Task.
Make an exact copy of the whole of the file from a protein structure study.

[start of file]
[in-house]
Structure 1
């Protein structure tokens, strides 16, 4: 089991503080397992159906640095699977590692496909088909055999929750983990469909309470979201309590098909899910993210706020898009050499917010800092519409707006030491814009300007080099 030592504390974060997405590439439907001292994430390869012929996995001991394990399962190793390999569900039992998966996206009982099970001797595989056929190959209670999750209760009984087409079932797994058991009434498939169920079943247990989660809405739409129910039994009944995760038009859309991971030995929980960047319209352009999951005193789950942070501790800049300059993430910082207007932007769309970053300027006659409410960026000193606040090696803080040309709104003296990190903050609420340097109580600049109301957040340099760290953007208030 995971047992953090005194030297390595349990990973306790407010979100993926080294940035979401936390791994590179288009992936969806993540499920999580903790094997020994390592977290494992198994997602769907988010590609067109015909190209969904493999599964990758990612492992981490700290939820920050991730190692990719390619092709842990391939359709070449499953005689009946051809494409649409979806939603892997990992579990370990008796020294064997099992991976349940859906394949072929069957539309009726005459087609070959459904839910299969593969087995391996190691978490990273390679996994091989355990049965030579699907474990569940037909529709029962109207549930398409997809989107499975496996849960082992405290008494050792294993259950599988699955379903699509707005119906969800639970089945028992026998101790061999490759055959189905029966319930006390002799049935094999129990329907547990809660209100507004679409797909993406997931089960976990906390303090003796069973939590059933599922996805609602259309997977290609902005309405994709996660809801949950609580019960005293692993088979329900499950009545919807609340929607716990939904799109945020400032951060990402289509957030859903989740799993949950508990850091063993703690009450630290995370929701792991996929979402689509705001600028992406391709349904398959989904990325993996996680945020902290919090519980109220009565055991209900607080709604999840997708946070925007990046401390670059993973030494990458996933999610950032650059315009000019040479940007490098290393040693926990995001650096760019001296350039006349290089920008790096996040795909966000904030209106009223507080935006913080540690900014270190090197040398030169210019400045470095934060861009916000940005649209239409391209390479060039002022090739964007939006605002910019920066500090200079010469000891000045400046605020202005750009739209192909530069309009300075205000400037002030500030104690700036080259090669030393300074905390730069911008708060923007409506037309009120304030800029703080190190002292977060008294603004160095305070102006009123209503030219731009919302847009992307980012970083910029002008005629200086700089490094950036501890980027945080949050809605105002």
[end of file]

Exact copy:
[in-house]
Structure 1
């Protein structure tokens, strides 16, 4: 089991503080397992159906640095699977590692496909088909055999929750983990469909309470979201309590098909899910993210706020898009050499917010800092519409707006030491814009300007080099 030592504390974060997405590439439907001292994430390869012929996995001991394990399962190793390999569900039992998966996206009982099970001797595989056929190959209670999750209760009984087409079932797994058991009434498939169920079943247990989660809405739409129910039994009944995760038009859309991971030995929980960047319209352009999951005193789950942070501790800049300059993430910082207007932007769309970053300027006659409410960026000193606040090696803080040309709104003296990190903050609420340097109580600049109301957040340099760290953007208030 995971047992953090005194030297390595349990990973306790407010979100993926080294940035979401936390791994590179288009992936969806993540499920999580903790094997020994390592977290494992198994997602769907988010590609067109015909190209969904493999599964990758990612492992981490700290939820920050991730190692990719390619092709842990391939359709070449499953005689009946051809494409649409979806939603892997990992579990370990008796020294064997099992991976349940859906394949072929069957539309009726005459087609070959459904839910299969593969087995391996190691978490990273390679996994091989355990049965030579699907474990569940037909529709029962109207549930398409997809989107499975496996849960082992405290008494050792294993259950599988699955379903699509707005119906969800639970089945028992026998101790061999490759055959189905029966319930006390002799049935094999129990329907547990809660209100507004679409797909993406997931089960976990906390303090003796069973939590059933599922996805609602259309997977290609902005309405994709996660809801949950609580019960005293692993088979329900499950009545919807609340929607716990939904799109945020400032951060990402289509957030859903989740799993949950508990850091063993703690009450630290995370929701792991996929979402689509705001600028992406391709349904398959989904990325993996996680945020902290919090519980109220009565055991209900607080709604999840997708946070925007990046401390670059993973030494990458996933999610950032650059315009000019040479940007490098290393040693926990995001650096760019001296350039006349290089920008790096996040795909966000904030209106009223507080935006913080540690900014270190090197040398030169210019400045470095934060861009916000940005649209239409391209390479060039002022090739964007939006605002910019920066500090200079010469000891000045400046605020202005750009739209192909530069309009300075205000400037002030500030104690700036080259090669030393300074905390730069911008708060923007409506037309009120304030800029703080190190002292977060008294603004160095305070102006009123209503030219731009919302847009992307980012970083910029002008005629200086700089490094950036501890980027945080949050809605105002």